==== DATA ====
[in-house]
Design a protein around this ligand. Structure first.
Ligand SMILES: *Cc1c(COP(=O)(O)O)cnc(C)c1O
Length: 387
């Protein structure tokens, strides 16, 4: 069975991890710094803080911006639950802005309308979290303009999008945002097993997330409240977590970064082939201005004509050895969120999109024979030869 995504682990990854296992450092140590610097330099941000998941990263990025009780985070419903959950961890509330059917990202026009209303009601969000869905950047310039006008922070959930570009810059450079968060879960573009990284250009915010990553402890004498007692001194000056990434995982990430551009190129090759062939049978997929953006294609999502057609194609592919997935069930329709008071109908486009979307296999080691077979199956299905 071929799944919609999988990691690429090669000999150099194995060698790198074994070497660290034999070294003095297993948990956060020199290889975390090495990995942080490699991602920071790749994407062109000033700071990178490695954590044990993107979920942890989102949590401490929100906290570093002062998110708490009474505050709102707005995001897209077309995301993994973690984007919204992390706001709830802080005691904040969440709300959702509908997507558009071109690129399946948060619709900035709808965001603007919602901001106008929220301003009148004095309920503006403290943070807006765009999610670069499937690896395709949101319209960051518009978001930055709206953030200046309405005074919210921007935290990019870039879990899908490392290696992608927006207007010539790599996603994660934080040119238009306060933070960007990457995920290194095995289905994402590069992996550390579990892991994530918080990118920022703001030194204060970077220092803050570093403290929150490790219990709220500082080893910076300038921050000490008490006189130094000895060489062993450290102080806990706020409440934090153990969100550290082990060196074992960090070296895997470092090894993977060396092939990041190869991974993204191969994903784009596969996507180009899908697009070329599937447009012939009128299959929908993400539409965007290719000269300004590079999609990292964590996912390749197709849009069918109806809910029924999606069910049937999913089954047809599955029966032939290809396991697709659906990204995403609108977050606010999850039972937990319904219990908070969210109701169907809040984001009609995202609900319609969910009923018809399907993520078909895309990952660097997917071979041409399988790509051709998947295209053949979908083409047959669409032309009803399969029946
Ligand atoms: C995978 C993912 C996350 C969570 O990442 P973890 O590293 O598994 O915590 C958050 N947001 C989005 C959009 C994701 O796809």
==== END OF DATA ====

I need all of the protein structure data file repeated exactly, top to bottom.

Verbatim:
[in-house]
Design a protein around this ligand. Structure first.
Ligand SMILES: *Cc1c(COP(=O)(O)O)cnc(C)c1O
Length: 387
């Protein structure tokens, strides 16, 4: 069975991890710094803080911006639950802005309308979290303009999008945002097993997330409240977590970064082939201005004509050895969120999109024979030869 995504682990990854296992450092140590610097330099941000998941990263990025009780985070419903959950961890509330059917990202026009209303009601969000869905950047310039006008922070959930570009810059450079968060879960573009990284250009915010990553402890004498007692001194000056990434995982990430551009190129090759062939049978997929953006294609999502057609194609592919997935069930329709008071109908486009979307296999080691077979199956299905 071929799944919609999988990691690429090669000999150099194995060698790198074994070497660290034999070294003095297993948990956060020199290889975390090495990995942080490699991602920071790749994407062109000033700071990178490695954590044990993107979920942890989102949590401490929100906290570093002062998110708490009474505050709102707005995001897209077309995301993994973690984007919204992390706001709830802080005691904040969440709300959702509908997507558009071109690129399946948060619709900035709808965001603007919602901001106008929220301003009148004095309920503006403290943070807006765009999610670069499937690896395709949101319209960051518009978001930055709206953030200046309405005074919210921007935290990019870039879990899908490392290696992608927006207007010539790599996603994660934080040119238009306060933070960007990457995920290194095995289905994402590069992996550390579990892991994530918080990118920022703001030194204060970077220092803050570093403290929150490790219990709220500082080893910076300038921050000490008490006189130094000895060489062993450290102080806990706020409440934090153990969100550290082990060196074992960090070296895997470092090894993977060396092939990041190869991974993204191969994903784009596969996507180009899908697009070329599937447009012939009128299959929908993400539409965007290719000269300004590079999609990292964590996912390749197709849009069918109806809910029924999606069910049937999913089954047809599955029966032939290809396991697709659906990204995403609108977050606010999850039972937990319904219990908070969210109701169907809040984001009609995202609900319609969910009923018809399907993520078909895309990952660097997917071979041409399988790509051709998947295209053949979908083409047959669409032309009803399969029946
Ligand atoms: C995978 C993912 C996350 C969570 O990442 P973890 O590293 O598994 O915590 C958050 N947001 C989005 C959009 C994701 O796809």